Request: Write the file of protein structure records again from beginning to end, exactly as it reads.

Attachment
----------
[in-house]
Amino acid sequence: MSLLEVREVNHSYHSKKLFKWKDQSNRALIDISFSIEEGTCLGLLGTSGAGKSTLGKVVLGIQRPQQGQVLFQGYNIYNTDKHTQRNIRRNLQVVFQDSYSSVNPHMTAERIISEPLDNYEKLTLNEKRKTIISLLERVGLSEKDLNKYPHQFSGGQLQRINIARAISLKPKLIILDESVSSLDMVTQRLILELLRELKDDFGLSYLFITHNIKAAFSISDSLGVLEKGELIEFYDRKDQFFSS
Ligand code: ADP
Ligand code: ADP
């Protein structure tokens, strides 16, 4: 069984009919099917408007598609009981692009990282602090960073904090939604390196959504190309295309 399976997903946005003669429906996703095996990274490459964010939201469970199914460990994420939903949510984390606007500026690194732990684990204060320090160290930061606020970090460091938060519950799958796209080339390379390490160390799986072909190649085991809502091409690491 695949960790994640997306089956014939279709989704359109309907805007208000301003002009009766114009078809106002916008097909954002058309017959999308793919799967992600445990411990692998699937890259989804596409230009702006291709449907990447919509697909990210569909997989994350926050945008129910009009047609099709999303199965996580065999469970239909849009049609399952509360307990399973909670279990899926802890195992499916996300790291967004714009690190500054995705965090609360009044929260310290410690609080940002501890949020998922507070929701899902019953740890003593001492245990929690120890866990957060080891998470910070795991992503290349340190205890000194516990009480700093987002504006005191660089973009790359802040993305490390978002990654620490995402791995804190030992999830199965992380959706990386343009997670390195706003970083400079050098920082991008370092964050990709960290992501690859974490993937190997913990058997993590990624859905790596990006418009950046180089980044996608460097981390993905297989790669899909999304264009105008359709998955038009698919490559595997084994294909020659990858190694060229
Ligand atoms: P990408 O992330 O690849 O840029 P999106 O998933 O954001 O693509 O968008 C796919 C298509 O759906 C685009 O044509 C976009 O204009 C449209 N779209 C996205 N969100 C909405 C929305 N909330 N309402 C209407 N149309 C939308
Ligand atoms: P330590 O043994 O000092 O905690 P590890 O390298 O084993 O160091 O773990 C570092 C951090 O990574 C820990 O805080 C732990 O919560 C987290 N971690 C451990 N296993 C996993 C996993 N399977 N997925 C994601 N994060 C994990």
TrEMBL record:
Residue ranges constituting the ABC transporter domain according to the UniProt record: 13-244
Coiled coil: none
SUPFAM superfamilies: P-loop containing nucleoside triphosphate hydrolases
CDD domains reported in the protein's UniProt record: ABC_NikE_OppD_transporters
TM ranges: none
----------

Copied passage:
[in-house]
Amino acid sequence: MSLLEVREVNHSYHSKKLFKWKDQSNRALIDISFSIEEGTCLGLLGTSGAGKSTLGKVVLGIQRPQQGQVLFQGYNIYNTDKHTQRNIRRNLQVVFQDSYSSVNPHMTAERIISEPLDNYEKLTLNEKRKTIISLLERVGLSEKDLNKYPHQFSGGQLQRINIARAISLKPKLIILDESVSSLDMVTQRLILELLRELKDDFGLSYLFITHNIKAAFSISDSLGVLEKGELIEFYDRKDQFFSS
Ligand code: ADP
Ligand code: ADP
């Protein structure tokens, strides 16, 4: 069984009919099917408007598609009981692009990282602090960073904090939604390196959504190309295309 399976997903946005003669429906996703095996990274490459964010939201469970199914460990994420939903949510984390606007500026690194732990684990204060320090160290930061606020970090460091938060519950799958796209080339390379390490160390799986072909190649085991809502091409690491 695949960790994640997306089956014939279709989704359109309907805007208000301003002009009766114009078809106002916008097909954002058309017959999308793919799967992600445990411990692998699937890259989804596409230009702006291709449907990447919509697909990210569909997989994350926050945008129910009009047609099709999303199965996580065999469970239909849009049609399952509360307990399973909670279990899926802890195992499916996300790291967004714009690190500054995705965090609360009044929260310290410690609080940002501890949020998922507070929701899902019953740890003593001492245990929690120890866990957060080891998470910070795991992503290349340190205890000194516990009480700093987002504006005191660089973009790359802040993305490390978002990654620490995402791995804190030992999830199965992380959706990386343009997670390195706003970083400079050098920082991008370092964050990709960290992501690859974490993937190997913990058997993590990624859905790596990006418009950046180089980044996608460097981390993905297989790669899909999304264009105008359709998955038009698919490559595997084994294909020659990858190694060229
Ligand atoms: P990408 O992330 O690849 O840029 P999106 O998933 O954001 O693509 O968008 C796919 C298509 O759906 C685009 O044509 C976009 O204009 C449209 N779209 C996205 N969100 C909405 C929305 N909330 N309402 C209407 N149309 C939308
Ligand atoms: P330590 O043994 O000092 O905690 P590890 O390298 O084993 O160091 O773990 C570092 C951090 O990574 C820990 O805080 C732990 O919560 C987290 N971690 C451990 N296993 C996993 C996993 N399977 N997925 C994601 N994060 C994990």
TrEMBL record:
Residue ranges constituting the ABC transporter domain according to the UniProt record: 13-244
Coiled coil: none
SUPFAM superfamilies: P-loop containing nucleoside triphosphate hydrolases
CDD domains reported in the protein's UniProt record: ABC_NikE_OppD_transporters
TM ranges: none